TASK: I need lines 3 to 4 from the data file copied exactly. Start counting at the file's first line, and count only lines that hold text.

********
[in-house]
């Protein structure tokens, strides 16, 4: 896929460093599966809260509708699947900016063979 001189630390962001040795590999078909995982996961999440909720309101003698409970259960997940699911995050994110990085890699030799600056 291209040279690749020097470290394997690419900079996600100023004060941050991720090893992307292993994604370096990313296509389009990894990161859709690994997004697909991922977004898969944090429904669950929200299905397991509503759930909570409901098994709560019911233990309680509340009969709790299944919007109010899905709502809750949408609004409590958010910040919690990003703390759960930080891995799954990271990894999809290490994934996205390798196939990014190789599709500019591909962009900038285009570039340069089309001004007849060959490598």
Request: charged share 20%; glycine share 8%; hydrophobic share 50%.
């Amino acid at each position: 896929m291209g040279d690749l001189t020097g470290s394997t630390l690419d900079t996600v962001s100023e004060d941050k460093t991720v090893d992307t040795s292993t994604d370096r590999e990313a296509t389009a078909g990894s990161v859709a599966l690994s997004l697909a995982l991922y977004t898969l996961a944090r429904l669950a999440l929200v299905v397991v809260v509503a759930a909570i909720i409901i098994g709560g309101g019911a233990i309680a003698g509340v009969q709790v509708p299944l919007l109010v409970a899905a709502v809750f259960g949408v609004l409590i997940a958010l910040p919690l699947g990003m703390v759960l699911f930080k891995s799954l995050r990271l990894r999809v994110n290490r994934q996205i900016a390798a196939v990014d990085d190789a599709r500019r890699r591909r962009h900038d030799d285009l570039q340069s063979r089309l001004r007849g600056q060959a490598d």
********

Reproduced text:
Request: charged share 20%; glycine share 8%; hydrophobic share 50%.
């Amino acid at each position: 896929m291209g040279d690749l001189t020097g470290s394997t630390l690419d900079t996600v962001s100023e004060d941050k460093t991720v090893d992307t040795s292993t994604d370096r590999e990313a296509t389009a078909g990894s990161v859709a599966l690994s997004l697909a995982l991922y977004t898969l996961a944090r429904l669950a999440l929200v299905v397991v809260v509503a759930a909570i909720i409901i098994g709560g309101g019911a233990i309680a003698g509340v009969q709790v509708p299944l919007l109010v409970a899905a709502v809750f259960g949408v609004l409590i997940a958010l910040p919690l699947g990003m703390v759960l699911f930080k891995s799954l995050r990271l990894r999809v994110n290490r994934q996205i900016a390798a196939v990014d990085d190789a599709r500019r890699r591909r962009h900038d030799d285009l570039q340069s063979r089309l001004r007849g600056q060959a490598d």